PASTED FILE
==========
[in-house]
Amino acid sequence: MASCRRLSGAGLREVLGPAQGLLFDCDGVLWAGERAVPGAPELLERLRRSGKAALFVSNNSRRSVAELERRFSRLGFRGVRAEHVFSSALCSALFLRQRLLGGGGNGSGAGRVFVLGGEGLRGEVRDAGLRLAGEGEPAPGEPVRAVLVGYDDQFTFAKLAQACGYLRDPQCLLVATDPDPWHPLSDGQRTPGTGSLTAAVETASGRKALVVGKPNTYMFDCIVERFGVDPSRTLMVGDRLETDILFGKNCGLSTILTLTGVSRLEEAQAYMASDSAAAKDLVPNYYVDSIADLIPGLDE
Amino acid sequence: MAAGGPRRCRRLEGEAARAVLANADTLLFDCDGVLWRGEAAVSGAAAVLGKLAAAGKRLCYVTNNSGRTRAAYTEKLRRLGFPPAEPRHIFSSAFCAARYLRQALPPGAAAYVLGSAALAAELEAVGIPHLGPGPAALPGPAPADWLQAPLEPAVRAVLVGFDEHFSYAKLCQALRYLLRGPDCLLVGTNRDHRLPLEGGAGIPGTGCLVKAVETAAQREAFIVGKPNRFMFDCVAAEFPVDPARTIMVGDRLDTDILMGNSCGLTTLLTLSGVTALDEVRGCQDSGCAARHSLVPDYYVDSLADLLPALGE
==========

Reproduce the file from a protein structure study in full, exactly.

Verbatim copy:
[in-house]
Amino acid sequence: MASCRRLSGAGLREVLGPAQGLLFDCDGVLWAGERAVPGAPELLERLRRSGKAALFVSNNSRRSVAELERRFSRLGFRGVRAEHVFSSALCSALFLRQRLLGGGGNGSGAGRVFVLGGEGLRGEVRDAGLRLAGEGEPAPGEPVRAVLVGYDDQFTFAKLAQACGYLRDPQCLLVATDPDPWHPLSDGQRTPGTGSLTAAVETASGRKALVVGKPNTYMFDCIVERFGVDPSRTLMVGDRLETDILFGKNCGLSTILTLTGVSRLEEAQAYMASDSAAAKDLVPNYYVDSIADLIPGLDE
Amino acid sequence: MAAGGPRRCRRLEGEAARAVLANADTLLFDCDGVLWRGEAAVSGAAAVLGKLAAAGKRLCYVTNNSGRTRAAYTEKLRRLGFPPAEPRHIFSSAFCAARYLRQALPPGAAAYVLGSAALAAELEAVGIPHLGPGPAALPGPAPADWLQAPLEPAVRAVLVGFDEHFSYAKLCQALRYLLRGPDCLLVGTNRDHRLPLEGGAGIPGTGCLVKAVETAAQREAFIVGKPNRFMFDCVAAEFPVDPARTIMVGDRLDTDILMGNSCGLTTLLTLSGVTALDEVRGCQDSGCAARHSLVPDYYVDSLADLLPALGE